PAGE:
Underground Electrical Service Explained

What is an Underground Electrical Service?

An underground electrical service refers to the conductors that supply your electrical meter with electricity from either a remotely located transformer or utility power. The conductors are installed permanently underground hence the name underground electrical service. Homes and buildings with underground services do not have overhead cables supplying power to the home. Some find this aesthetically pleasing while in some cases it is necessary to circumvent a potential violation or dangerous condition. See Overhead vs. underground services for a description and pictures of the differences.

underground service
Underground Electrical Service, note how there are no conduits or cables leaving the top of the meter pan.

Benefits of an underground electrical service

The benefits of an underground electrical service have to do with damage prevention, aesthetics, and necessity. Direct sunlight, damage from the elements, and ambient heat are not a factor in underground services. There are also no service connection points on your home above the ground that could potentially weaken over time. The fact that the service does not exist above ground could help reduce power outage problems from high winds. What happens too often is that the overhead services get pulled off of the house. High winds are notorious for breaking tree limbs which can then fall on overhead service conductors pulling the service down. Utility poles shift over time stressing and eventually breaking the point of attachment. These two particular scenarios would not happen with an underground service. Although the mechanical and physical arguments are not strong, necessity and aesthetics are a completely different matter.

This entire service got pulled down by a tree limb. Unfortunately, the entire service had to be replaced.

Why would you need an underground electrical service?


The most common example I can think of pertains to the installation of a pool.  “Clearance in any direction to the water level, edge of water surface, base of diving platform, or permanently anchored raft” needs to be 22.5 feet (See NEC 680.8A). Overhead services to homes very rarely, if ever, are high enough to provide for 22.5’ of clearance above the ground (it would need to be even higher if there is a dive platform). Because it would be nearly impossible to install a service to bring the conductors to this height, the solution is to relocate your service from above ground to underground.  

Tall Vehicles

Those who have tall vehicles such as an RV may elect to convert to an underground electrical service should the existing overhead service be located on that side. Large trucks or dump trucks in a commercial lot type setting can face the same dilemma. It’s easier to relocate the service underground than worry about potentially hitting the service conductors and damaging the service or even the utilities transformers and equipment.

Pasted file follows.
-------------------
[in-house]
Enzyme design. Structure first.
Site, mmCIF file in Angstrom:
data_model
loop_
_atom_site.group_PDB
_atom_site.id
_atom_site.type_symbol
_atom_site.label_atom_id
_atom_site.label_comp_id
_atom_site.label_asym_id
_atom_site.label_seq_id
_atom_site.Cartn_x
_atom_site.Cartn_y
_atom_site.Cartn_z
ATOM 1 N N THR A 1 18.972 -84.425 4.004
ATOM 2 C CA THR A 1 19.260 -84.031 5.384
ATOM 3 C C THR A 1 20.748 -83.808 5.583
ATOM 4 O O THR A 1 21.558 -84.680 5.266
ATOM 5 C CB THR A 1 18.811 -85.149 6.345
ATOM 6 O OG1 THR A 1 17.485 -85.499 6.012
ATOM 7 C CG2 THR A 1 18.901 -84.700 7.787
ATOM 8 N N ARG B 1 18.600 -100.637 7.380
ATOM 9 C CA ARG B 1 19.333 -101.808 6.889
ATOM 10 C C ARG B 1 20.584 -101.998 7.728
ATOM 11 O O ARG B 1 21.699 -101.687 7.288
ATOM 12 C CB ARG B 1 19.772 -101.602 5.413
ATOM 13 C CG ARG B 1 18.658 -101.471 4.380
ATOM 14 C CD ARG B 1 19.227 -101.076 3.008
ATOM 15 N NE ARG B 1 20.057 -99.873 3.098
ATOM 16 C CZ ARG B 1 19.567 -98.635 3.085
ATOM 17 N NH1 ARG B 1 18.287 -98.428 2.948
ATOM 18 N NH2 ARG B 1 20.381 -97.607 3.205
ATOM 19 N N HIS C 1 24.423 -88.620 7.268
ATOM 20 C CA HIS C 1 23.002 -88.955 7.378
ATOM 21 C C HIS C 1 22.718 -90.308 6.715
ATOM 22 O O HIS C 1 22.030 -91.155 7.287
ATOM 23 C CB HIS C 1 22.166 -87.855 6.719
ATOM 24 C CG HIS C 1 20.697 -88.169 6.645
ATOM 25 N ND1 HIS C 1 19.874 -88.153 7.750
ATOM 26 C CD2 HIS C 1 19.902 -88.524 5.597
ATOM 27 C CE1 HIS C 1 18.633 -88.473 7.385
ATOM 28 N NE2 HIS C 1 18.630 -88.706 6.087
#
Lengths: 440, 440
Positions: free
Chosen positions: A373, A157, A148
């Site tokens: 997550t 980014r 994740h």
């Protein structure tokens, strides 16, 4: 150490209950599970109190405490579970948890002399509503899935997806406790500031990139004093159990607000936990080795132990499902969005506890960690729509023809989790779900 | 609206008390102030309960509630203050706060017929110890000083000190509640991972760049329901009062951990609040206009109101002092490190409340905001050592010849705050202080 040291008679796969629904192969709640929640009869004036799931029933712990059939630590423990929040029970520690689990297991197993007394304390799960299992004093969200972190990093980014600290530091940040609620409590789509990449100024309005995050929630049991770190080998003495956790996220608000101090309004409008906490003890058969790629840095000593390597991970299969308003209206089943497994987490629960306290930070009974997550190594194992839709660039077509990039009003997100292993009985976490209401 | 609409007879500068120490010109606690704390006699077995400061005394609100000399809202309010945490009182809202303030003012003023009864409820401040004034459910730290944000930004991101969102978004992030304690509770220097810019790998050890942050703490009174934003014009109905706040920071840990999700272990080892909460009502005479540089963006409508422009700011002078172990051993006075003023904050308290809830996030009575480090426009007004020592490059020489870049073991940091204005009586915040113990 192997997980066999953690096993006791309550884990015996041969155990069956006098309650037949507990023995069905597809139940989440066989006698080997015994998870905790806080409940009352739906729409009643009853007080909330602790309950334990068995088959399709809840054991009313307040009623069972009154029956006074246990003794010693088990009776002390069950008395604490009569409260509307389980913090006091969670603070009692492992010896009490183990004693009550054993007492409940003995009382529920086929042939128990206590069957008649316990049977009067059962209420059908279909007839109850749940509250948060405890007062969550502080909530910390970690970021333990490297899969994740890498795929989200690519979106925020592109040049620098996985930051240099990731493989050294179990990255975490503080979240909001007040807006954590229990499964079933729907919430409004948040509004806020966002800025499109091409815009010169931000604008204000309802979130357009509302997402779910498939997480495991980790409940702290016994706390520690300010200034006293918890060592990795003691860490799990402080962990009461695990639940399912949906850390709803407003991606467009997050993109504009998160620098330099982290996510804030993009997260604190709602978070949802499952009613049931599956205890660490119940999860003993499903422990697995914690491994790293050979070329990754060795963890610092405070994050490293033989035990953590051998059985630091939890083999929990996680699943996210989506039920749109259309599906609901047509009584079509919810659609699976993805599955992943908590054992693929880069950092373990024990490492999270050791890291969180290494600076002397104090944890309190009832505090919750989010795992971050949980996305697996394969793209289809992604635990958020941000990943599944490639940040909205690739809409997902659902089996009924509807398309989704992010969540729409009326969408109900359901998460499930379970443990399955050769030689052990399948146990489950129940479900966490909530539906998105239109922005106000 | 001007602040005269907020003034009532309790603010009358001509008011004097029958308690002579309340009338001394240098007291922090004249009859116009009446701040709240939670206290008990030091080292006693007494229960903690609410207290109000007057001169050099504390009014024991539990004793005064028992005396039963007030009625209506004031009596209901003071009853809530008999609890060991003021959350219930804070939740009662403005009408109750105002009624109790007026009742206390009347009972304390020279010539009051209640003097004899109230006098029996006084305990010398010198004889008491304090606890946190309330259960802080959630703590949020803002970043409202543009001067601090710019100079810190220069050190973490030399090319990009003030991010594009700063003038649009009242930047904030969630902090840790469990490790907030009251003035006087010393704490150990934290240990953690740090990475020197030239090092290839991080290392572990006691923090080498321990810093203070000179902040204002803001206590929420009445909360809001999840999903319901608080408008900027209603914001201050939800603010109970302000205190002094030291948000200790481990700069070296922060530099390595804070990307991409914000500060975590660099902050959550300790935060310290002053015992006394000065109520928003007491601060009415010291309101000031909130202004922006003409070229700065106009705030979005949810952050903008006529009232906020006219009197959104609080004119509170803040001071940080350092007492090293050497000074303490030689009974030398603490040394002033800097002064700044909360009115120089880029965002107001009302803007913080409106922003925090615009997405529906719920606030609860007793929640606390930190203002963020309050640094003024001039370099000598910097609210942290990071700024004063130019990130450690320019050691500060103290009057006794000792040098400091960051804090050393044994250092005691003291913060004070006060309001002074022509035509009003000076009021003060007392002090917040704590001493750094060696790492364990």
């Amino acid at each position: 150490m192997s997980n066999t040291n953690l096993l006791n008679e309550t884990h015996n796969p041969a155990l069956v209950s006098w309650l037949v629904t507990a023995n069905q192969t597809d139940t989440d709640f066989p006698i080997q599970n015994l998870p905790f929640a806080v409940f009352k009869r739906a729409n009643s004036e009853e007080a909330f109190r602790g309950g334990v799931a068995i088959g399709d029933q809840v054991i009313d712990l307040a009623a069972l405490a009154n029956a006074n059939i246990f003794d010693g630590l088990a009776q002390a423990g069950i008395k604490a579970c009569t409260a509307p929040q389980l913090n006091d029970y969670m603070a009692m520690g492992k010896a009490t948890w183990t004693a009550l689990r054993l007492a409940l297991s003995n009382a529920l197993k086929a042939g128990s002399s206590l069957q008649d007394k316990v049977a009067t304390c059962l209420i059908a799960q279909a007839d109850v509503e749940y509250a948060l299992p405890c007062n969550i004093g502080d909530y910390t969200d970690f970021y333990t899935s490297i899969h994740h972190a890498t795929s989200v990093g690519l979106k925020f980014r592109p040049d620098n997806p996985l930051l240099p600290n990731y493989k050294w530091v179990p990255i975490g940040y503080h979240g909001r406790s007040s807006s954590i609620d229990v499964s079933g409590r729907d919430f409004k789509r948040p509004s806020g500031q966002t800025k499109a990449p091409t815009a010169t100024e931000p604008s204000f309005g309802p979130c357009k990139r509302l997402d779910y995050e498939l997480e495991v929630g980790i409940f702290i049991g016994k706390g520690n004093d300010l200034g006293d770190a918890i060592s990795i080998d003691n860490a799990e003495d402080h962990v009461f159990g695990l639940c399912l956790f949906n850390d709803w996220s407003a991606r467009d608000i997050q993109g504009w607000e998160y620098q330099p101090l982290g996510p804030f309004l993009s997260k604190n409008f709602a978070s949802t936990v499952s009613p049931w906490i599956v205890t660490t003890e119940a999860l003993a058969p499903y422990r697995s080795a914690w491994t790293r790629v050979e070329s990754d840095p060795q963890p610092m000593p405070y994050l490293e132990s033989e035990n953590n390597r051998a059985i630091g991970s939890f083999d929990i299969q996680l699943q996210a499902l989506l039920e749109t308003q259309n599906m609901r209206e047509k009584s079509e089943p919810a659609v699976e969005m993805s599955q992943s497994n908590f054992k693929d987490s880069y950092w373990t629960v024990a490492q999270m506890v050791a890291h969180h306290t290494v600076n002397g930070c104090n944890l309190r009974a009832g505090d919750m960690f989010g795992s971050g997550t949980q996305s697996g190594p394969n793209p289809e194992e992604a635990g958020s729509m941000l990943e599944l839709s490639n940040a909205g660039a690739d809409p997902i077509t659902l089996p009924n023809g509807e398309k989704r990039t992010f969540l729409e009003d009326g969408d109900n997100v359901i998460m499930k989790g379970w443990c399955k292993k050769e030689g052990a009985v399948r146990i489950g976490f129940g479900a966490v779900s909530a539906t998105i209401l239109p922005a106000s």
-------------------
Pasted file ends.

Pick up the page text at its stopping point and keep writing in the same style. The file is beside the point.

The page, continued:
Lastly, and probably most common, are also the customers who simply prefer not to see the electric utility line. Depending on the location of the meter, the overhead service may simply be an eyesore. Or, as described earlier, maybe there are lots of trees and it would be wise to relocate the service underground to prevent a potential issue should a limb fall.

Potential drawbacks:

Do you own the underground service conductors or does the utility? With a typical above ground service (here on Long Island) the local utility owns everything right up to the service connection at your house. The utility company in repairs and maintains the conductors up to that point. It’s their job to own and maintain the service cables.

On the contrary, an underground service is often owned by the homeowner. The homeowner is responsible for any repairs that may be necessary in the event of a fault. Specialized electricians are needed to repair these faults. They need to locate the fault, dig it up, and repair it. This becomes expensive and potentially invasive, particularly if there is a break under a driveway or paved area. Although rare, it does happen. In my experience, I’ve seen these bills taken care of by the homeowners insurance companies when they relate to lightning strike or other events of the sort.

What’s Next?

If you’re ready to have your service converted to an underground electrical service, we encourage you to utilize our National Electrical Registry. We have painstakingly put the registry together over the past few years because we genuinely want the best experience for every customer. It’s our goal to make the electrical industry a better place for everyone from us master electricians running companies to our customers who should expect the best.

Residential one and two family dwellings underground electrical services with direct burial cables need to have 24 inches of cover as per 300.5. They can be 18 inches if under a driveway or 2 inches of concrete. I don’t know why you’re googling this but go read the code.

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